4. Look at Ways You Can Do the Task More Efficiently

When possible, work smarter instead of harder.

We’ve already talked about why working hard doesn’t work as well. If you can find a better way to do the task, you’re more likely to enjoy it because you’re not simply performing the task by rote, but rather, using your creativity and imagination to their best effect. This will make you feel better about the job and probably enjoy it more, too.

Try these 12 Ways to Work Smart.

5. Ask for Help or Support

Sometimes, we just need a little extra backup. There’s nothing wrong with asking for help from a more motivated coworker, friend, or family member. This is a useful way to get you up and moving, because they will motivate you to do the task.

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At the same time, you may be doing them a favor by motivating them to work harder. A little friendly competition never hurt anyone!

Learn How to Ask for Help When You’re Afraid To Do So.

6. Think About Why You Don’t Want to Do the Task

This sounds like a rehash of number 1, but it’s really not.

Some jobs we don’t want to do because they’re just not fun. Mowing the lawn, cleaning the house, or getting under the car and replacing the alternator all have one thing in common. People don’t like doing these jobs because they take time and energy, they’re not pleasant, and we know that sooner or later, we’ll just be doing the same thing all over again.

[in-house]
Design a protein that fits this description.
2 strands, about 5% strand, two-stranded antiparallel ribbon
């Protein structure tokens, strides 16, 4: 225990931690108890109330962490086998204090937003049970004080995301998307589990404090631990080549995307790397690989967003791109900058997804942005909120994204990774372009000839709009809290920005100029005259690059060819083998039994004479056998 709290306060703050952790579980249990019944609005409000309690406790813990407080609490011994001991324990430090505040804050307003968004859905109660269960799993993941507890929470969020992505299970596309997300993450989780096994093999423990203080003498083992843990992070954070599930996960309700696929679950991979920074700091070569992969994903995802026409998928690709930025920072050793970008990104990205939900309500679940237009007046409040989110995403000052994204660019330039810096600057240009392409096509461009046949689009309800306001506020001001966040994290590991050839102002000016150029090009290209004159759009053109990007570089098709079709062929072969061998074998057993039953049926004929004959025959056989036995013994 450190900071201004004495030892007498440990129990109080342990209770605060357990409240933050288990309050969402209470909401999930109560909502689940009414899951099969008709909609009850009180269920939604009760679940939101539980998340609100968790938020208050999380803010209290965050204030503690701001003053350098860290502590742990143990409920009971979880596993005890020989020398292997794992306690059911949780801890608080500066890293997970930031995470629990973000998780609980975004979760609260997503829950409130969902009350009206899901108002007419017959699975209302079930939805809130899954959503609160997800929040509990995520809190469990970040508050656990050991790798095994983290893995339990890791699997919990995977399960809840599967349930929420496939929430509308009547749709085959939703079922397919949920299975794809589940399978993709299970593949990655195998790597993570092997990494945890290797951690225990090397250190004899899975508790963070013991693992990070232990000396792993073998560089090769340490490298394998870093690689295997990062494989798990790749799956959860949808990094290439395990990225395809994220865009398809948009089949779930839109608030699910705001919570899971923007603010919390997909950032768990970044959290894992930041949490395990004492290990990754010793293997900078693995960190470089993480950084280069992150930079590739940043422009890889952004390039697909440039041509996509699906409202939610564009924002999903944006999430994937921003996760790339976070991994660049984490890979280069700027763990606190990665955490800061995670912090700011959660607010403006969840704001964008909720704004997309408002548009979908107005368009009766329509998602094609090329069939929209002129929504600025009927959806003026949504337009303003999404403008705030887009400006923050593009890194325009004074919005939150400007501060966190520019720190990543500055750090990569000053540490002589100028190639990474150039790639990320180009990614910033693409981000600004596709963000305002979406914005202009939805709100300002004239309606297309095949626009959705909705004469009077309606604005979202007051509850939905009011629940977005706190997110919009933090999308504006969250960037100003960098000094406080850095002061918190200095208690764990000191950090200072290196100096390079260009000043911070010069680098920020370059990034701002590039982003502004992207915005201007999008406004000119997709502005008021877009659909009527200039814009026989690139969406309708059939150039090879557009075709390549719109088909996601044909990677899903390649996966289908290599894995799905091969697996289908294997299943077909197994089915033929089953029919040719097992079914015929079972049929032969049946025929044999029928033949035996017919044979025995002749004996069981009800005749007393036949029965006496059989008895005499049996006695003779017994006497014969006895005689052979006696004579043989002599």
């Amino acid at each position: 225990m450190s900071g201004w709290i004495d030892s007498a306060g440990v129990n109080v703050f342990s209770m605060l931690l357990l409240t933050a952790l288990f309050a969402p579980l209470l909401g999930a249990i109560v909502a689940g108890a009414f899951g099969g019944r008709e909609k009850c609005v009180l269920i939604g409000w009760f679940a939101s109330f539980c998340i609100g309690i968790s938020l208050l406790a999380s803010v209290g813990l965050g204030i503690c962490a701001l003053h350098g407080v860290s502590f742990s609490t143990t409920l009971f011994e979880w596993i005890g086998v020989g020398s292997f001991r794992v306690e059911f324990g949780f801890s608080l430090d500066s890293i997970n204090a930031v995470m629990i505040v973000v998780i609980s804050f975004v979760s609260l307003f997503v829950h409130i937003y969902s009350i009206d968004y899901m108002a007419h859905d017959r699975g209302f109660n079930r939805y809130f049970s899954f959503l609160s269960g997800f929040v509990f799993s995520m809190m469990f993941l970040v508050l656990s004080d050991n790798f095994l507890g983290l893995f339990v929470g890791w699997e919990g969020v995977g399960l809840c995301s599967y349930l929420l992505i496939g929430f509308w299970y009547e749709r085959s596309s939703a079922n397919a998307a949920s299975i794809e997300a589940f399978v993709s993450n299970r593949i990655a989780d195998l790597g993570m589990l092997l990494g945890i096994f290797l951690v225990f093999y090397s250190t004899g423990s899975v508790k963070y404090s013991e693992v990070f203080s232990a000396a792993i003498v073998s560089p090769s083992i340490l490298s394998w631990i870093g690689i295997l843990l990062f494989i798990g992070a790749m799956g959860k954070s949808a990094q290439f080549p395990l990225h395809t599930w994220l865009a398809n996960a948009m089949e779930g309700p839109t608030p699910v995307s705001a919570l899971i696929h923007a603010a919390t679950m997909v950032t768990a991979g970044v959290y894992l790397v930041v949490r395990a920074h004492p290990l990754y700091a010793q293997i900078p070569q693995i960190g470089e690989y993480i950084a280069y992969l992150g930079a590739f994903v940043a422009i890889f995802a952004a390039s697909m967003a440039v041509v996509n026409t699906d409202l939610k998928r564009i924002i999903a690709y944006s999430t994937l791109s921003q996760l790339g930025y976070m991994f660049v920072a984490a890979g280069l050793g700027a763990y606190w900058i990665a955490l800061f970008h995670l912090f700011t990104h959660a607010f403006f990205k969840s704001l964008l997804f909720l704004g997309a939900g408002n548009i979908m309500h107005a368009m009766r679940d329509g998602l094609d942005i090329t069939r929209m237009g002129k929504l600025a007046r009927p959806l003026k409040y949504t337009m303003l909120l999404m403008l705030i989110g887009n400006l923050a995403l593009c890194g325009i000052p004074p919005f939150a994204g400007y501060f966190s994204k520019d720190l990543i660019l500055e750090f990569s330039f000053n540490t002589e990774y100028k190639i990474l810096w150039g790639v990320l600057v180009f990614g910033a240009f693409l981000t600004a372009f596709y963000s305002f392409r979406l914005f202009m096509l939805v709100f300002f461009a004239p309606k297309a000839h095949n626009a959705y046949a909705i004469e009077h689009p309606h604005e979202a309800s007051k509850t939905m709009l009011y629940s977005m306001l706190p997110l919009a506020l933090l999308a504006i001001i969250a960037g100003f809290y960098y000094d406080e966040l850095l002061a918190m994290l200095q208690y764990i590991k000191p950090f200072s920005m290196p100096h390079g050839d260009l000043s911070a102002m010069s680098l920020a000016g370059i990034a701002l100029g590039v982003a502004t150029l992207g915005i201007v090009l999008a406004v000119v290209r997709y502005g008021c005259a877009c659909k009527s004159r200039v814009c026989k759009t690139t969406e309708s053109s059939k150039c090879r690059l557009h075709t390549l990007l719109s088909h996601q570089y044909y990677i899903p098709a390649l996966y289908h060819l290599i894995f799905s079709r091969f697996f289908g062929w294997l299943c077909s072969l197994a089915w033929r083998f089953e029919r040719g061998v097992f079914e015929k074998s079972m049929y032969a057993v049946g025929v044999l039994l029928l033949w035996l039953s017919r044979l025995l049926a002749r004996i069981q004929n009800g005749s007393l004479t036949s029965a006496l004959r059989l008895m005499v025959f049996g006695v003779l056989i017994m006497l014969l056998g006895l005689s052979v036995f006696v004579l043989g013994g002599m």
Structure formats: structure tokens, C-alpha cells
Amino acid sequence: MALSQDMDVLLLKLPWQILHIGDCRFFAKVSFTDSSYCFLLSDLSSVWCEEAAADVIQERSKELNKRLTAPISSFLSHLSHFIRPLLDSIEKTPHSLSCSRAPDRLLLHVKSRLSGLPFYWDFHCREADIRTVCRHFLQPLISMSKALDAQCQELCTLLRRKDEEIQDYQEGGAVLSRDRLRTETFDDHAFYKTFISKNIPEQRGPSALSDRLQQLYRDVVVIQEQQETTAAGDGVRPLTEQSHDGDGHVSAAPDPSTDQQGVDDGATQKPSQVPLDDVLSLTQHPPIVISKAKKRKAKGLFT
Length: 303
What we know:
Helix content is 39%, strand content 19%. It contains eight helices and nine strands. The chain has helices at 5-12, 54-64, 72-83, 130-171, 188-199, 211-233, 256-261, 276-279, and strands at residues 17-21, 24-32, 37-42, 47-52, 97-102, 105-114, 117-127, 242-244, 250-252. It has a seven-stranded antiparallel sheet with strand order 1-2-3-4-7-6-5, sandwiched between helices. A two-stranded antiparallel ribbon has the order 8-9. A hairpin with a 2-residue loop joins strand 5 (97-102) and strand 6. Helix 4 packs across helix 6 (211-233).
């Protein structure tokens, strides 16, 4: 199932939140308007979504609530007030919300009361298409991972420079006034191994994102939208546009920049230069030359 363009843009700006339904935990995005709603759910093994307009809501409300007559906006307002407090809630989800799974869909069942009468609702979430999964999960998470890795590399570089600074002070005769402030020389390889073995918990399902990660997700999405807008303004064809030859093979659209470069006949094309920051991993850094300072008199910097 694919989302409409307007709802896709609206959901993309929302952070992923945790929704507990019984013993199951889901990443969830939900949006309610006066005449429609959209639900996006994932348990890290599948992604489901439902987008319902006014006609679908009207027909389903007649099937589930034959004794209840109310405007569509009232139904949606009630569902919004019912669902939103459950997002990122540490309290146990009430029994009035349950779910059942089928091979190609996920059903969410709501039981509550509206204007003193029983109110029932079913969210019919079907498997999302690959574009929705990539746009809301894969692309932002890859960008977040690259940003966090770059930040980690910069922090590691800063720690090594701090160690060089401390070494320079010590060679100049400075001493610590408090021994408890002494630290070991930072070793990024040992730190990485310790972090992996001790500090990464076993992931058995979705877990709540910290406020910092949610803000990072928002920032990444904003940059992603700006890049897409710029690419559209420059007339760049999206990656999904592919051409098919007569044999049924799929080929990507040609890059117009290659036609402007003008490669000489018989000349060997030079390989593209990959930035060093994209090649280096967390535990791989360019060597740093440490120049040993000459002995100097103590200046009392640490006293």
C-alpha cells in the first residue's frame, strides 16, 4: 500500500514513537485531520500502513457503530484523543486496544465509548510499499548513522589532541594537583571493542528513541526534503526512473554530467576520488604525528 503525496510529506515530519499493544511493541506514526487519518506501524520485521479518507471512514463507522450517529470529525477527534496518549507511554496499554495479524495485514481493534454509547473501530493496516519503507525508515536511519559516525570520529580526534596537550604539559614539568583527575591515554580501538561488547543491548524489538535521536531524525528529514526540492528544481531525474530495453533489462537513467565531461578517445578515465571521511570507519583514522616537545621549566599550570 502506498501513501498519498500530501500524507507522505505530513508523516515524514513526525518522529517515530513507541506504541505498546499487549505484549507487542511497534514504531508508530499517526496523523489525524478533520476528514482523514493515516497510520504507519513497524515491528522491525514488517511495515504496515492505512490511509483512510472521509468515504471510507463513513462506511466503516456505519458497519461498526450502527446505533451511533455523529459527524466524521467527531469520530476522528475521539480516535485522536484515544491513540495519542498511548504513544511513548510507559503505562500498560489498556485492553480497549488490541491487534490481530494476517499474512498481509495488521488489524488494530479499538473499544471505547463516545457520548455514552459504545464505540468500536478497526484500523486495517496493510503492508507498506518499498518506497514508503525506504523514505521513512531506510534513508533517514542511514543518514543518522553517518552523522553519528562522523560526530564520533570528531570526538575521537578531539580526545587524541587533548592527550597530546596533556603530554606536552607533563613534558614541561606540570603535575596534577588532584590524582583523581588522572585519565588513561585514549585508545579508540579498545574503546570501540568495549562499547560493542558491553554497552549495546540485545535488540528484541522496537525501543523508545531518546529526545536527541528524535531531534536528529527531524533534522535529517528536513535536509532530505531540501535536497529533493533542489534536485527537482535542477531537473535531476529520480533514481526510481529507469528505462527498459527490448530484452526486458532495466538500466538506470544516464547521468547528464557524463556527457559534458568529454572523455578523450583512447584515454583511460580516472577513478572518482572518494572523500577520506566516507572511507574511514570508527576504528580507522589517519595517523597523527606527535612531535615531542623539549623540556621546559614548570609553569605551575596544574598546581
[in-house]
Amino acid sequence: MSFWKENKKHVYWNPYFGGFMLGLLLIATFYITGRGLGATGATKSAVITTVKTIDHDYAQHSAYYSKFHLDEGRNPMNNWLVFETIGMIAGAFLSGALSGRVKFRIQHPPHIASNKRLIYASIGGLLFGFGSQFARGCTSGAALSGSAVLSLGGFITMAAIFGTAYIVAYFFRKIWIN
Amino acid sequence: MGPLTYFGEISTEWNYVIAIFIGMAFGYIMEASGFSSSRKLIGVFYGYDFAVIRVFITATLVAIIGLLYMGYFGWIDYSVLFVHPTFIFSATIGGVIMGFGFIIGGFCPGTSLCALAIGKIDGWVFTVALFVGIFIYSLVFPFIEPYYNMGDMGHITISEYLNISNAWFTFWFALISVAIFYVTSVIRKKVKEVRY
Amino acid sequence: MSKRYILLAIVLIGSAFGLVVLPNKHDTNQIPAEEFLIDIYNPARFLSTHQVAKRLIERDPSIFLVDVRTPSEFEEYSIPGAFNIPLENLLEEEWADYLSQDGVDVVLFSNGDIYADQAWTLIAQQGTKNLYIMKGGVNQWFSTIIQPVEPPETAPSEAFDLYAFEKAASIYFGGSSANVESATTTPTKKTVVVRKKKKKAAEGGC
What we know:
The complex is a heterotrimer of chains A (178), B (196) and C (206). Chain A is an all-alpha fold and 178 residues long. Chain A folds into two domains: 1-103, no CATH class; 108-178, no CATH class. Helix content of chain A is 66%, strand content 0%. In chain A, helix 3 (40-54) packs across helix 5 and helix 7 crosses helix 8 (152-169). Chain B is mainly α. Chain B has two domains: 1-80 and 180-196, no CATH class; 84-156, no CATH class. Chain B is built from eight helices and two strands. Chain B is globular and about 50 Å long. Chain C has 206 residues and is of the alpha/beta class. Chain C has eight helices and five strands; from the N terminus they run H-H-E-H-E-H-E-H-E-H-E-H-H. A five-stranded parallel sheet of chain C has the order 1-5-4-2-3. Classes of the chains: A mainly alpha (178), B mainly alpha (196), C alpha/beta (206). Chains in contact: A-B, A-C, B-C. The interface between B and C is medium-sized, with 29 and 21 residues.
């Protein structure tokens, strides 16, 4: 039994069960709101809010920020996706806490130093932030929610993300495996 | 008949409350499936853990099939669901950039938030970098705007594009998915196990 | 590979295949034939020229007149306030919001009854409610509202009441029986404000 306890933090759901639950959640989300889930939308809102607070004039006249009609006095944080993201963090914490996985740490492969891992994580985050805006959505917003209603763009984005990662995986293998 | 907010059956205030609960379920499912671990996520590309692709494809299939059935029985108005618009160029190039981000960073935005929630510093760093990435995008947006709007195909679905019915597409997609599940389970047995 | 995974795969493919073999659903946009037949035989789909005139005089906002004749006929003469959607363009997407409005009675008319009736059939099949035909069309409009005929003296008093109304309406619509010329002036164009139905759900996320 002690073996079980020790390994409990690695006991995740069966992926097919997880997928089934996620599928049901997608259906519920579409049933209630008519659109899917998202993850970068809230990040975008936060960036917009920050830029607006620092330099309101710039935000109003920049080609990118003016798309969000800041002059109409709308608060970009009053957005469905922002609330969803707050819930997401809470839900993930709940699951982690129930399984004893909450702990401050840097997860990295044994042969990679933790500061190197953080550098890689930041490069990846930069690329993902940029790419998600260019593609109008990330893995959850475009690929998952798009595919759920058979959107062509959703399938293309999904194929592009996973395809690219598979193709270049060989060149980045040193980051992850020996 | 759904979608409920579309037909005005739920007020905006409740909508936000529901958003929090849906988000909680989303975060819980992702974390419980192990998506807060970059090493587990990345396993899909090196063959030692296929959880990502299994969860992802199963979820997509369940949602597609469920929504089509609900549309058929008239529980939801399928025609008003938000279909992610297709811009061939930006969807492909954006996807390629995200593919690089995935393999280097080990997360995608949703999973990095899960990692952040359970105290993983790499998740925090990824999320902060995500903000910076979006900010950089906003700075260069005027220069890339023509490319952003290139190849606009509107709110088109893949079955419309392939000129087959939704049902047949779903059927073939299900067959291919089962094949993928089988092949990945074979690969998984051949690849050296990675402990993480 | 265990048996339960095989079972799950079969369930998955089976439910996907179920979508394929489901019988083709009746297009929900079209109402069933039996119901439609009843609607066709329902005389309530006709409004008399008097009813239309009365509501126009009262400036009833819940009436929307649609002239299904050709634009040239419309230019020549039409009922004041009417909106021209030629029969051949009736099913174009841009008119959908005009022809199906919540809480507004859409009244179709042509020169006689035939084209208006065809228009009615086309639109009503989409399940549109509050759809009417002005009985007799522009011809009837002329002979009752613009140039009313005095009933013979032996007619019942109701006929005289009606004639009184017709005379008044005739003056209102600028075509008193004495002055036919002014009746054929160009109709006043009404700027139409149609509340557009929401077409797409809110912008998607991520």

However, instead of thinking about why you don’t want to do the task, think about the benefits. Your car will run better, the Homeowners’ Association won’t be leaving you a nasty gram for the sixth time this month, and your house will look nicer and feel more welcoming.

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By turning a negative into a positive, you’ll find your outlook about these tasks will be more positive too.

7. Force Yourself

Sometimes there’s just no getting around it. All the good advice and wishes in the world won’t make the job look any better. In these cases, you need to remember you’re an intelligent, mature member of Homo Sapiens, and get off your butt.

While it may not be fun at the time, you can look back on the task you did later and say, “Yeah. I did that.” You shouldn’t have to force yourself out of bed every morning (this is a warning sign of depression that you should NOT ignore), but every once in a while, we need to force ourselves to do something we just don’t want to do.

Believe it or not, you’ll be proud of yourself once the task is done.

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Featured photo credit: Kelly Sikkema via unsplash.com